Over the last couple of weeks we’ve picked up a lot of traffic here at The Hayride passing along a pair of reports from two parish governments – Red River and DeSoto – who have pushed back against the escalated numbers of COVID-19 cases coming out of Gov. John Bel Edwards’ press conferences and news releases. Both noticed evidence that the case counts have been inflated by counting people who tested positive more than once as separate cases, something the Louisiana Department of Health has vehemently denied they’re doing.
Red River and DeSoto Parish are not the only ones finding disparities, however. Sheriff Scott Franklin in LaSalle Parish has similarly uncovered some fluff in the numbers, and his brother penned an op-ed in the Jena Times (reprinted on the paper’s Facebook page) which challenges Edwards’ record-keeping.
Caldwell Parish has also reported irregularities, as noted in the link above.
And then there’s this e-mail we received from President-elect Archie Chaisson in Lafourche Parish…
I’ve read the last two articles about the COVID numbers from Red River and DeSoto. I wanted to let you know that I’ve tried to tell everyone since the second or third week of this that the data is wrong, including the Governor’s Counsel and Dr. Billioux with DHH to no avail. We know that we have people on our list that are not even Lafourche residents in addition to daily “unknown” residents because the spreadsheet we get doesn’t even have an address on it. So if it doesn’t have an address then now do they even know it’s in Lafourche??
We take the daily list we get from DHH and between our Sheriff’s Office and 911 System we run the names and addresses to confirm their location. We remove the inconsistencies and come up with a true number for Lafourche. For example, July 19 the stat showed 86 new cases for Lafourche but our count was 81 based on the list provided by DHH. We operate a day behind so I don’t have the July 20 numbers yet from 911. It’s only five people but you take five cases every day then it adds up quickly. Another large example is July 14-15, the state showed a two day total of 109 but after our work its was only 72 cases. That is a starker example of how bad it is.
Just wanted to pass that along to let people know it’s a wide spread issue. If you have any questions please reach out to my office.
Next door to Lafourche Parish is Terrebonne, where we’re told there have also been questions about the numbers though the parish hasn’t gone public with any inconsistencies. But a local official did send us this…
Terrebonne’s total death count from all causes is right on target for an average year.
100% of COVID related deaths tested positive, although COVID was not always the cause of death. (I need to follow up on the causes of death listed on death certificates.)
100% of COVID related deaths had co-morbidities. Nearly all had multiple. The most common one was hypertension. (It’s not the high blood pressure itself but the medication for high blood pressure that makes a person vulnerable because it changes the way the virus affects the body.)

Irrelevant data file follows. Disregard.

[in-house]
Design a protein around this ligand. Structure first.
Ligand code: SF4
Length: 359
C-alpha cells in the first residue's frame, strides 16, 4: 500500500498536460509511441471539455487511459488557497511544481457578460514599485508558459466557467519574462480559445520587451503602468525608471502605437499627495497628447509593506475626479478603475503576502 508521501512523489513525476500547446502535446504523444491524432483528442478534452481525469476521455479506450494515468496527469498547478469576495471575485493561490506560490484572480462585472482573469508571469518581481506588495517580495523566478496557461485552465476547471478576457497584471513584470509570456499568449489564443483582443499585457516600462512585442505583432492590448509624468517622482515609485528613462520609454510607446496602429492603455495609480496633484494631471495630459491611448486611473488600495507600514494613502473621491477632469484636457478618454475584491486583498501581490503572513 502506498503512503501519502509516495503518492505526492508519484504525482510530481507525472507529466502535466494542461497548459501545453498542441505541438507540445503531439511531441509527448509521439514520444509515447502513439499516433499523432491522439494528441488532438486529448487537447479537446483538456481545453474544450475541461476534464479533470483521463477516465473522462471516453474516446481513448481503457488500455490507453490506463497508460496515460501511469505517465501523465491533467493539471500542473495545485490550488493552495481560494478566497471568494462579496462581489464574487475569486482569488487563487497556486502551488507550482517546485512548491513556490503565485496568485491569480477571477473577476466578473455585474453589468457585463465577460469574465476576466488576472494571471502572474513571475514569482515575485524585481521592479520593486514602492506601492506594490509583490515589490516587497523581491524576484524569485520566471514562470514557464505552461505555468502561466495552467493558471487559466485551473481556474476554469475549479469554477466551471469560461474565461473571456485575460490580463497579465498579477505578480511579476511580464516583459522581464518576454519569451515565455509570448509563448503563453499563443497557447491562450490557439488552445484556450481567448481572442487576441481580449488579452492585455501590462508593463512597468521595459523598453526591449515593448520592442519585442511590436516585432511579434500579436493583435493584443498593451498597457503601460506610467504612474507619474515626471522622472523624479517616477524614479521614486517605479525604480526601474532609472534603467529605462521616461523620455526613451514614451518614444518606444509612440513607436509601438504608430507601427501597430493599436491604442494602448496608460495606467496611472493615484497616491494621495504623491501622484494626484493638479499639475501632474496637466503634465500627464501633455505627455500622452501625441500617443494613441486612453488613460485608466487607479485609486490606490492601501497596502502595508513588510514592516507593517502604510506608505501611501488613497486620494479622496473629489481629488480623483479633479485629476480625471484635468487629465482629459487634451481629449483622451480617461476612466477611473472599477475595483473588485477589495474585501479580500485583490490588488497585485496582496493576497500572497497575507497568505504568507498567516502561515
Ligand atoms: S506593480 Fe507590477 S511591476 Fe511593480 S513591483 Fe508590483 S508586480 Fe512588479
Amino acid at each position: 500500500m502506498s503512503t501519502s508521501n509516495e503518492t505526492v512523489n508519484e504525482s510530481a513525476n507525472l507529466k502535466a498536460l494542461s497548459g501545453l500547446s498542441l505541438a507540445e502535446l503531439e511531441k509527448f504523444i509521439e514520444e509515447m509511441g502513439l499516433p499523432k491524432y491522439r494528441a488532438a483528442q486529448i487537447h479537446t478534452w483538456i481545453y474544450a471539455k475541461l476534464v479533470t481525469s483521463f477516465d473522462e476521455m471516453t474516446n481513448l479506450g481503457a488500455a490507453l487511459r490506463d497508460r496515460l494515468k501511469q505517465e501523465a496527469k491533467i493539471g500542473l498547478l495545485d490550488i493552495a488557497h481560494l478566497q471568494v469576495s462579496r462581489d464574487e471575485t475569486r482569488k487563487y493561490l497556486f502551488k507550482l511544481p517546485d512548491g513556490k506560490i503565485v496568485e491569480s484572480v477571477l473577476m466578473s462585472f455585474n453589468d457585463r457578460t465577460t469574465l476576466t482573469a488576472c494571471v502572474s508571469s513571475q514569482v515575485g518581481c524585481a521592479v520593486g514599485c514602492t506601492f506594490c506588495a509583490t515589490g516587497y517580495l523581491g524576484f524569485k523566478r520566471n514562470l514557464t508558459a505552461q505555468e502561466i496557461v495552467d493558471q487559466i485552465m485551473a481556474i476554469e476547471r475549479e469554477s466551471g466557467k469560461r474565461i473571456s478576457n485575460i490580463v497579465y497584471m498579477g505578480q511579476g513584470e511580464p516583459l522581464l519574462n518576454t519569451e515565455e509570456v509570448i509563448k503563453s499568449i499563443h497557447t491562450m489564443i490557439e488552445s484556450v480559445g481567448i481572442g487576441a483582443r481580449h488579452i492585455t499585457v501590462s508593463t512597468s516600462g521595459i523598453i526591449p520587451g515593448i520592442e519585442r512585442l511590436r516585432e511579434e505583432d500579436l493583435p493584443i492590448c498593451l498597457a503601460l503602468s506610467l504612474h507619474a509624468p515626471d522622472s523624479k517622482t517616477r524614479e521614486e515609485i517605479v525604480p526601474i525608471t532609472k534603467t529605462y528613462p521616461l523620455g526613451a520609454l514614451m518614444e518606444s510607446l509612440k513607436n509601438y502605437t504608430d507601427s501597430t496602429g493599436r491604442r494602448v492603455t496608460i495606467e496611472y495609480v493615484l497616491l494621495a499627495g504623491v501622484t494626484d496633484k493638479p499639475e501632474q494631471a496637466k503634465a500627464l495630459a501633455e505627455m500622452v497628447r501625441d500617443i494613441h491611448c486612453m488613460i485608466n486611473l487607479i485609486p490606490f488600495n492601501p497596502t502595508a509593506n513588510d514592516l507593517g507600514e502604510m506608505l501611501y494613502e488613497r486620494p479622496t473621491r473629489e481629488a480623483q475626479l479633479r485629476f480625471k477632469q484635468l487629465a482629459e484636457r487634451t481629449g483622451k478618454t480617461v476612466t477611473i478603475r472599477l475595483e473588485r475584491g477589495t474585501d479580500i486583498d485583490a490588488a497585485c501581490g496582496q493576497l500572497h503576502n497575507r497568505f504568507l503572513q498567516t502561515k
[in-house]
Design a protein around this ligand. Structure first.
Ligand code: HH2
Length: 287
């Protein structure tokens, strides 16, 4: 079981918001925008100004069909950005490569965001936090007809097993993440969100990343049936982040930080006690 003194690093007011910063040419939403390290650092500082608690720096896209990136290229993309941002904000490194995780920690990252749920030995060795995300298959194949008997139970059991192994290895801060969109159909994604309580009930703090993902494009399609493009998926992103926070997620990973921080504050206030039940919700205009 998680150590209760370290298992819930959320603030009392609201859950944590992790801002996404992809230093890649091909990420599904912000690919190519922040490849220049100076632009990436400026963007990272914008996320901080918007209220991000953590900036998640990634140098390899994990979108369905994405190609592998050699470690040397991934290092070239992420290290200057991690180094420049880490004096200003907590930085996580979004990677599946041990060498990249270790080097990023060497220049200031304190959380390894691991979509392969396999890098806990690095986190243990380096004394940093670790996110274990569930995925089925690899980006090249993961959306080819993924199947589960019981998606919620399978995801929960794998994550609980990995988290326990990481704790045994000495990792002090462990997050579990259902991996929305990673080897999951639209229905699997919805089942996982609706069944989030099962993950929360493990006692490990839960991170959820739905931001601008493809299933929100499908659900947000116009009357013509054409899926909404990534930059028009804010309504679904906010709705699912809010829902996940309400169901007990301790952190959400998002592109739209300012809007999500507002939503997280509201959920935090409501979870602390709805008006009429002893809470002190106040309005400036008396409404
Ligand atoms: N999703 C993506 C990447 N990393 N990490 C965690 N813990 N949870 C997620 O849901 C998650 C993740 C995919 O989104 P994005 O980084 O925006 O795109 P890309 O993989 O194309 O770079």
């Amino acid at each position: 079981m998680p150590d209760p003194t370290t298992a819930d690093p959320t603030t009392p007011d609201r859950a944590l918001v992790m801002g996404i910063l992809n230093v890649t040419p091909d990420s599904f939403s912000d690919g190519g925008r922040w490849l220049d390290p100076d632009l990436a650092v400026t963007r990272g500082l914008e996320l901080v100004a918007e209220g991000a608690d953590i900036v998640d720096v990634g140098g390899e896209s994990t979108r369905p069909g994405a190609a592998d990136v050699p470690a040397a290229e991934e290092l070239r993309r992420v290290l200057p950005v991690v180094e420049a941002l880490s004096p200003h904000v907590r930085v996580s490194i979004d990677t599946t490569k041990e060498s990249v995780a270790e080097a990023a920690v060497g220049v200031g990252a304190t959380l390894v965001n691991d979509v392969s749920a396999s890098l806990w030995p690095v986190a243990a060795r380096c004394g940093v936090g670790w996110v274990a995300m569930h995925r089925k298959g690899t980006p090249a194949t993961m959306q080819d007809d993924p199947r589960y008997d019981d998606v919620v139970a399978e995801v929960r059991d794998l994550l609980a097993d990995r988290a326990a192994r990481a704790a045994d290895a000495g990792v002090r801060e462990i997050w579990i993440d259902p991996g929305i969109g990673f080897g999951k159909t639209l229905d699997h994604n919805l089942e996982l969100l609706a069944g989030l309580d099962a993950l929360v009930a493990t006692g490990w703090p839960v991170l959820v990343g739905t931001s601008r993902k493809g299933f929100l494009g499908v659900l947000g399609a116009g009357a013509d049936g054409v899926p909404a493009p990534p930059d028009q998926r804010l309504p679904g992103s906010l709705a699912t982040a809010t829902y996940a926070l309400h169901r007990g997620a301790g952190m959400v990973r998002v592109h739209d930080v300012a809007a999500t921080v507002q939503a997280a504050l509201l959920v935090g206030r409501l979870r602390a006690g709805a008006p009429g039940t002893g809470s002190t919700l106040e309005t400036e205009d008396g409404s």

Average age of COVID related deaths is 75.
64% of COVID related deaths were nursing home residents. (45 out of 70)
Death count of senior citizens from all causes is also right on target for an average year. (Average 200 per year. 2020 so far: 104)
Terrebonne has 2 hospitals. All in-hospital COVID related deaths are from one of them. The other had zero.
That hospital difference – both are admitting COVID patients. It could be VERY significant to look at because the one with zero deaths is the “charity” hospital – Chabert Hospital. Think about that!
These stories from parish government people around the state aren’t hard to find, though Louisiana’s legacy media isn’t working very hard to find them. They cast a long shadow of doubt over whether we’re getting a straight story from Edwards and the Louisiana Department of Health.
The issue with the disparity in outcomes of the two Terrebonne hospitals might also present an interesting case study, particularly with respect to treatment protocols. One thing which should be common knowledge in Louisiana but is not is how our hospitals are treating COVID patients and which methods are showing better or worse results. For all the talk about case counts and masks and economic shutdowns, you would think COVID remedies would become a new national pastime, but our leaders can’t really be bothered to discuss the issue.
It’s time to start looking at hospitals to find out which ones are doing better and which ones are doing worse, and to uncover what protocols are saving more patients.
Perhaps we’ll start with those hospitals in Terrebonne. Then we can work our way out to just how much fluff is in those COVID numbers Edwards is flouting every day.